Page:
Once the 2-seeds have advanced to the Round of 32, they have surprisingly gone only 35-17 straight up, which is not as good as you would have expected considering the 2s were favored in all 52 of those games. The 2-seeds are just 24-27-1 ATS in this round, winning by an average score of only 72.6-68.9.

Last season was a 2-2 split both straight up and ATS for the 2-seeds, although one of the losses deserves an asterisk as Villanova did not lose to a typical 7-seed but rather to the eventual national champions from Connecticut.

Moving on to the Sweet 16, the news is rather mixed for the 2-seeds as they are a very good 26-9 straight up in this round, but only 17-16-2 ATS while winning by an average score of 72.4-67.9. The two 2-seeds that advanced this far last season both won straight up, with Wisconsin covering ATS in a rout of Baylor but Michigan managing only a ‘push’ on the two-point spread in a 73-71 win over Tennessee.

The 2-seeds that have reached the Elite Eight have split 13-13 straight up while going 12-13-1 ATS. However, we did find two distinct patterns here that are the opposite of what you would expect.

You see, 2-seeds are 11-6 both straight up and ATS when matched up with 1-seeds despite getting slightly outscored by an average of 72.6-73.4. Conversely, 2-seeds are 2-6 straight up and 1-7-1 ATS vs. lower seeds getting outscored 72.2-74.2 and are currently on a six-game losing streak vs. such teams in the Elite Eight! Last year was par for the course for the two 2-seeds that got this far as Wisconsin beat top-seeded Arizona but Michigan lost to eighth-seeded Kentucky.

Looking at the Final Four round, all 2-seeds have gone 6-7 straight up and 5-7-1 ATS, but keep in mind that includes one matchup where 2-seeds have opposed each other. In games where 2-seeds have opposed other seeds in the Final Four round, they are 5-6 straight up and 4-6-1 ATS, broken down by going 3-3 straight up and 2-4 ATS vs. 1-seeds getting outscored 70.7-72.2, and 3-2 straight up and 2-2-1 ATS vs. lower seeds winning by an average of 71.0-64.0.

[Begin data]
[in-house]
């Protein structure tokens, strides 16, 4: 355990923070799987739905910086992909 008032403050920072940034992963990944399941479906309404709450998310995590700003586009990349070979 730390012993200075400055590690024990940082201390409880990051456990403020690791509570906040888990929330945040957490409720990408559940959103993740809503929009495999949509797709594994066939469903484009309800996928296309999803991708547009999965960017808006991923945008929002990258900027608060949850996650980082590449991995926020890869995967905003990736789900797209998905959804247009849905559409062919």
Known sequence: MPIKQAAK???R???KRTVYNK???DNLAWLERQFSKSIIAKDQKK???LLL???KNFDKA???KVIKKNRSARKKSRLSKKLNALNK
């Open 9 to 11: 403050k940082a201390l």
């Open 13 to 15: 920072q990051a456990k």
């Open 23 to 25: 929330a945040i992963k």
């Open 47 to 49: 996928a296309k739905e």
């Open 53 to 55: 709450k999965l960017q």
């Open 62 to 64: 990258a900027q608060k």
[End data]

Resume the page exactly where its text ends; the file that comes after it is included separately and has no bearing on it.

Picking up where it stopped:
The ATS ‘push’ occurred last season when Wisconsin was actually an one-point underdog to eighth-seeded Kentucky and got nipped 74-73.

Unfortunately the six 2-seeds that have reached the National Championship Game since 2001 are just 1-5 both straight up and ATS, losing by an average score of 70.0-77.5. The only 2-seed to win the national championship in the last 14 years was Connecticut back in 2004.


What Have 15-Seeds Done Afterwards?
Of the four 15-seeds that shocked 2-seeds in their first game, that 2013 Florida Gulf Coast team was the only one ever to go on to win their game in the Round of 32! The 15-seeds are 1-3 both straight-up and ATS in this round while losing by an average score of 61.5-75.3. The three 15-seeds that lost on this round were all routed by an average of -21.7 points, while the win by FGCU was by an 81-71 score over San Diego State.

Unfortunately the Sweet 16 was the end of line for Florida Gulf Coast, although it did cover the spread again in a 62-50 loss to Florida as a 14-point underdog.